CH.89: What do you think of technology in terms of being a useful tool for artists today?

SS: I believe that technology has opened up so many opportunities, especially social media, for collaborations and work. I feel very fortunate to be a professional artist right now as I am able to connect with people from all over the world while being in my studio in Los Angeles. One thing though that I have had to be mindful of is to make sure that it is not the focus, but that it supports what I do as an artist. With all the talk about the importance of social media, sometimes I think people forget that it is not the end all deal, but another outlet for others to connect with what you do.

CH.89: Do you think being an artist allows you to view the world differently from those who don’t follow creative paths?

SS: I do think it allows me to view things differently, but I feel everyone sees things differently. My husband does not work in the creative field, but nonetheless views the world in an interesting way. I love tapping into the minds of others, to peer into the world from another viewpoint and finding new ways of discovering the world.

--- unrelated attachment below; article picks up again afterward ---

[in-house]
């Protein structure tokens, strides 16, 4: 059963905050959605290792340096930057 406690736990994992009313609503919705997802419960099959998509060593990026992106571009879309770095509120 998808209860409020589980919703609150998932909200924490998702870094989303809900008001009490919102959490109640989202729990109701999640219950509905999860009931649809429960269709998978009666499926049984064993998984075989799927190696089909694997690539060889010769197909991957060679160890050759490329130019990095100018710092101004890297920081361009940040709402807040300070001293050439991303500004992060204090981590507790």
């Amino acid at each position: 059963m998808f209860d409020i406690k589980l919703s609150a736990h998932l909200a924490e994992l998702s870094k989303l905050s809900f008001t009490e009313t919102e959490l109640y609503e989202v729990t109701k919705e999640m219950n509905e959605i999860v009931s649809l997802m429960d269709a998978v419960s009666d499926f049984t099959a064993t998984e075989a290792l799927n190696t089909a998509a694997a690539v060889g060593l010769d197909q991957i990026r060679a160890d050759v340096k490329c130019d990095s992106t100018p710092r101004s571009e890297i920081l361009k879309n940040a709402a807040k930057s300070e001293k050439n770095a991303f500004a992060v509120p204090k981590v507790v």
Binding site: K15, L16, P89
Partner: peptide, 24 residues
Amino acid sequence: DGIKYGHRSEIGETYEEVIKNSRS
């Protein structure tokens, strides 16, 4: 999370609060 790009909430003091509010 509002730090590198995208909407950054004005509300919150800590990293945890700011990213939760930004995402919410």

CH.89: Do you enjoy traveling? If so, do you have a favorite city?

SS: I do enjoy traveling, except I have horrible jet lag! I don’t have one favorite city, but do feel a deep connection to Big Island, Hawai’i and Kyoto, Japan. Australia is wonderful too.

CH.89: Do you have a favorite author or book?

SS: No favorite author or book, but I do love to read everyday. I just don’t feel right when I don’t.

CH.89: Any future goals or plans for your artwork?

SS: Right now I am working on a magazine that is scheduled to be released in late April / early May. Other than that, I’ve fallen in love with watercolors and spend most of my creative time exploring the beautiful nuances that it shares. I am hoping to have some prints available in the coming months and would love to show some work in a gallery or museum someday.

CH.89: What does being an artist mean to you?

SS: To be myself.

CH.89: Any last words on the aesthetic of your artwork?

SS: It is a continual exploration of the self, connection to others and the world.

 CHECK OUT MORE ON: SATSUKI SHIBUYA

 

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One comment

  1. Yes! Finally something about pure vision arts.